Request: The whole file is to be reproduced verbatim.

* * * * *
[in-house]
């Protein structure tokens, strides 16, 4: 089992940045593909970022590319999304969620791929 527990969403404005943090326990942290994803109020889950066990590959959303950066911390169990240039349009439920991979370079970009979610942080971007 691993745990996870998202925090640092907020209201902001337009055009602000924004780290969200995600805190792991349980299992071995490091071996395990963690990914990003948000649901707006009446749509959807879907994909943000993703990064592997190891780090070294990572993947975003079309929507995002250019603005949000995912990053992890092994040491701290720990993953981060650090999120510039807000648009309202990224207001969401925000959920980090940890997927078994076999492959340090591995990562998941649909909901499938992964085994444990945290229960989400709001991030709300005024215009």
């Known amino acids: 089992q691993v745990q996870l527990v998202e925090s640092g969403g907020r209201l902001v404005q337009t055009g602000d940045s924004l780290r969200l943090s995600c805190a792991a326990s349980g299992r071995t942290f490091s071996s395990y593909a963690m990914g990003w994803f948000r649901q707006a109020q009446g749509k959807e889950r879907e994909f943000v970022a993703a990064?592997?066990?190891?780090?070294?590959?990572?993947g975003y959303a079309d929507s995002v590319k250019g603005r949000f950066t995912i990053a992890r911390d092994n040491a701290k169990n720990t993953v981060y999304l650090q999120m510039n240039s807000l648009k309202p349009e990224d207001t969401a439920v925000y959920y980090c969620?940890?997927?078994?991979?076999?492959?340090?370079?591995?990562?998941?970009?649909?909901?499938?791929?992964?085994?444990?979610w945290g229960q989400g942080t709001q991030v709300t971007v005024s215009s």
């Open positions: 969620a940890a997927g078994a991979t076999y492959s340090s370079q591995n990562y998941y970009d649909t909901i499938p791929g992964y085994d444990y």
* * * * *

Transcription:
[in-house]
């Protein structure tokens, strides 16, 4: 089992940045593909970022590319999304969620791929 527990969403404005943090326990942290994803109020889950066990590959959303950066911390169990240039349009439920991979370079970009979610942080971007 691993745990996870998202925090640092907020209201902001337009055009602000924004780290969200995600805190792991349980299992071995490091071996395990963690990914990003948000649901707006009446749509959807879907994909943000993703990064592997190891780090070294990572993947975003079309929507995002250019603005949000995912990053992890092994040491701290720990993953981060650090999120510039807000648009309202990224207001969401925000959920980090940890997927078994076999492959340090591995990562998941649909909901499938992964085994444990945290229960989400709001991030709300005024215009």
């Known amino acids: 089992q691993v745990q996870l527990v998202e925090s640092g969403g907020r209201l902001v404005q337009t055009g602000d940045s924004l780290r969200l943090s995600c805190a792991a326990s349980g299992r071995t942290f490091s071996s395990y593909a963690m990914g990003w994803f948000r649901q707006a109020q009446g749509k959807e889950r879907e994909f943000v970022a993703a990064?592997?066990?190891?780090?070294?590959?990572?993947g975003y959303a079309d929507s995002v590319k250019g603005r949000f950066t995912i990053a992890r911390d092994n040491a701290k169990n720990t993953v981060y999304l650090q999120m510039n240039s807000l648009k309202p349009e990224d207001t969401a439920v925000y959920y980090c969620?940890?997927?078994?991979?076999?492959?340090?370079?591995?990562?998941?970009?649909?909901?499938?791929?992964?085994?444990?979610w945290g229960q989400g942080t709001q991030v709300t971007v005024s215009s």
């Open positions: 969620a940890a997927g078994a991979t076999y492959s340090s370079q591995n990562y998941y970009d649909t909901i499938p791929g992964y085994d444990y």